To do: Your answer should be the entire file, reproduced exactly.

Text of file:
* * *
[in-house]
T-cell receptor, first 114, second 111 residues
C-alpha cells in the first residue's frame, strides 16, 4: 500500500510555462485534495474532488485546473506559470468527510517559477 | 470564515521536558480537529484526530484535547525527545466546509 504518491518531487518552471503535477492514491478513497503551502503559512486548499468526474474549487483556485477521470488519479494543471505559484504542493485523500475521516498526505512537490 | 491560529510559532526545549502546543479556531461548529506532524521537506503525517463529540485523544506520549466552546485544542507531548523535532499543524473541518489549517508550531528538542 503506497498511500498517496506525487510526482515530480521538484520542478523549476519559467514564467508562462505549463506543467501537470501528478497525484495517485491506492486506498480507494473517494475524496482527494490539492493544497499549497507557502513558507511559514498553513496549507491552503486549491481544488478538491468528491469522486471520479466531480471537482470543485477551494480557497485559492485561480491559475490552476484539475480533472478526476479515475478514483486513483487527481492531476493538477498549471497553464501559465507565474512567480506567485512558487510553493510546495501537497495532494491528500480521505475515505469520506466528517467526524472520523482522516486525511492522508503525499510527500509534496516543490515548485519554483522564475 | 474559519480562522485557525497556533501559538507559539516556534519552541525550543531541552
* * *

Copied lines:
[in-house]
T-cell receptor, first 114, second 111 residues
C-alpha cells in the first residue's frame, strides 16, 4: 500500500510555462485534495474532488485546473506559470468527510517559477 | 470564515521536558480537529484526530484535547525527545466546509 504518491518531487518552471503535477492514491478513497503551502503559512486548499468526474474549487483556485477521470488519479494543471505559484504542493485523500475521516498526505512537490 | 491560529510559532526545549502546543479556531461548529506532524521537506503525517463529540485523544506520549466552546485544542507531548523535532499543524473541518489549517508550531528538542 503506497498511500498517496506525487510526482515530480521538484520542478523549476519559467514564467508562462505549463506543467501537470501528478497525484495517485491506492486506498480507494473517494475524496482527494490539492493544497499549497507557502513558507511559514498553513496549507491552503486549491481544488478538491468528491469522486471520479466531480471537482470543485477551494480557497485559492485561480491559475490552476484539475480533472478526476479515475478514483486513483487527481492531476493538477498549471497553464501559465507565474512567480506567485512558487510553493510546495501537497495532494491528500480521505475515505469520506466528517467526524472520523482522516486525511492522508503525499510527500509534496516543490515548485519554483522564475 | 474559519480562522485557525497556533501559538507559539516556534519552541525550543531541552